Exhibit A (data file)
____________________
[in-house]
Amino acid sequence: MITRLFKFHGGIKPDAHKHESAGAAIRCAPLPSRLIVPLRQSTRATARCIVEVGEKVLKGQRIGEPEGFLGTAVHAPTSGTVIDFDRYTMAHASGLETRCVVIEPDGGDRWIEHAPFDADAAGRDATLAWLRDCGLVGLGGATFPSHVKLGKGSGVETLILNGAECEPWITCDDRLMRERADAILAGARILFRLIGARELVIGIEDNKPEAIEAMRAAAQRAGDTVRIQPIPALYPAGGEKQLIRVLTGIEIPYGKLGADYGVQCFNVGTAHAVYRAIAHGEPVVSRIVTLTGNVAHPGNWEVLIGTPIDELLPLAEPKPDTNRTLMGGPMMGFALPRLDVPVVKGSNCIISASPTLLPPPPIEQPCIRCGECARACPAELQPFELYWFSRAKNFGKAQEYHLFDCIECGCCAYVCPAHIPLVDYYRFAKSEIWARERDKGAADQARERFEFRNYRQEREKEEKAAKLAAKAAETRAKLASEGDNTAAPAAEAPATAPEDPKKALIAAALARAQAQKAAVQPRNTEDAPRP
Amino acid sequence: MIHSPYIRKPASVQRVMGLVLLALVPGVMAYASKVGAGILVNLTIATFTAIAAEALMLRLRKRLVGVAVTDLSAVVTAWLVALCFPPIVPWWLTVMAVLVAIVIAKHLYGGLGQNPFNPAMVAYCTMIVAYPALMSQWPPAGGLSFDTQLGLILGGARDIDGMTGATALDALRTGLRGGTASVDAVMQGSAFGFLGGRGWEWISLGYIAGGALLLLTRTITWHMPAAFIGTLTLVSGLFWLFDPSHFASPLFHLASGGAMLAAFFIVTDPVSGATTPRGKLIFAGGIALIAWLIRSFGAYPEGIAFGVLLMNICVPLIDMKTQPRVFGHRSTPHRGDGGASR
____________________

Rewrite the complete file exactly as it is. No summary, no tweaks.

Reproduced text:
[in-house]
Amino acid sequence: MITRLFKFHGGIKPDAHKHESAGAAIRCAPLPSRLIVPLRQSTRATARCIVEVGEKVLKGQRIGEPEGFLGTAVHAPTSGTVIDFDRYTMAHASGLETRCVVIEPDGGDRWIEHAPFDADAAGRDATLAWLRDCGLVGLGGATFPSHVKLGKGSGVETLILNGAECEPWITCDDRLMRERADAILAGARILFRLIGARELVIGIEDNKPEAIEAMRAAAQRAGDTVRIQPIPALYPAGGEKQLIRVLTGIEIPYGKLGADYGVQCFNVGTAHAVYRAIAHGEPVVSRIVTLTGNVAHPGNWEVLIGTPIDELLPLAEPKPDTNRTLMGGPMMGFALPRLDVPVVKGSNCIISASPTLLPPPPIEQPCIRCGECARACPAELQPFELYWFSRAKNFGKAQEYHLFDCIECGCCAYVCPAHIPLVDYYRFAKSEIWARERDKGAADQARERFEFRNYRQEREKEEKAAKLAAKAAETRAKLASEGDNTAAPAAEAPATAPEDPKKALIAAALARAQAQKAAVQPRNTEDAPRP
Amino acid sequence: MIHSPYIRKPASVQRVMGLVLLALVPGVMAYASKVGAGILVNLTIATFTAIAAEALMLRLRKRLVGVAVTDLSAVVTAWLVALCFPPIVPWWLTVMAVLVAIVIAKHLYGGLGQNPFNPAMVAYCTMIVAYPALMSQWPPAGGLSFDTQLGLILGGARDIDGMTGATALDALRTGLRGGTASVDAVMQGSAFGFLGGRGWEWISLGYIAGGALLLLTRTITWHMPAAFIGTLTLVSGLFWLFDPSHFASPLFHLASGGAMLAAFFIVTDPVSGATTPRGKLIFAGGIALIAWLIRSFGAYPEGIAFGVLLMNICVPLIDMKTQPRVFGHRSTPHRGDGGASR